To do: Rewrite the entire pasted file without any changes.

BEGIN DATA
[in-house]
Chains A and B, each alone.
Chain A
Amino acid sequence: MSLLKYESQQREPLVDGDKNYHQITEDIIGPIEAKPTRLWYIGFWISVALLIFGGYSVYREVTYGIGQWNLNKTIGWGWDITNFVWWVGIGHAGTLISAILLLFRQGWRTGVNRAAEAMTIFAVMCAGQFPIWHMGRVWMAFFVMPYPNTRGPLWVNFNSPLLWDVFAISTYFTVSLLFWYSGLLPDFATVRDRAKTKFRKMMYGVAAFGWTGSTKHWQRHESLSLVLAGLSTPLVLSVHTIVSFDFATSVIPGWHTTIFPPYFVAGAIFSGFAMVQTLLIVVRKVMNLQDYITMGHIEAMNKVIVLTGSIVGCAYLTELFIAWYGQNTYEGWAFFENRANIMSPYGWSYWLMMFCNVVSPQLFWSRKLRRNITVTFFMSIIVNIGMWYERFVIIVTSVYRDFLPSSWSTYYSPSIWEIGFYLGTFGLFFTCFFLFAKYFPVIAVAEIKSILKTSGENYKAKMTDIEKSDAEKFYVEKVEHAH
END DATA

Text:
[in-house]
Chains A and B, each alone.
Chain A
Amino acid sequence: MSLLKYESQQREPLVDGDKNYHQITEDIIGPIEAKPTRLWYIGFWISVALLIFGGYSVYREVTYGIGQWNLNKTIGWGWDITNFVWWVGIGHAGTLISAILLLFRQGWRTGVNRAAEAMTIFAVMCAGQFPIWHMGRVWMAFFVMPYPNTRGPLWVNFNSPLLWDVFAISTYFTVSLLFWYSGLLPDFATVRDRAKTKFRKMMYGVAAFGWTGSTKHWQRHESLSLVLAGLSTPLVLSVHTIVSFDFATSVIPGWHTTIFPPYFVAGAIFSGFAMVQTLLIVVRKVMNLQDYITMGHIEAMNKVIVLTGSIVGCAYLTELFIAWYGQNTYEGWAFFENRANIMSPYGWSYWLMMFCNVVSPQLFWSRKLRRNITVTFFMSIIVNIGMWYERFVIIVTSVYRDFLPSSWSTYYSPSIWEIGFYLGTFGLFFTCFFLFAKYFPVIAVAEIKSILKTSGENYKAKMTDIEKSDAEKFYVEKVEHAH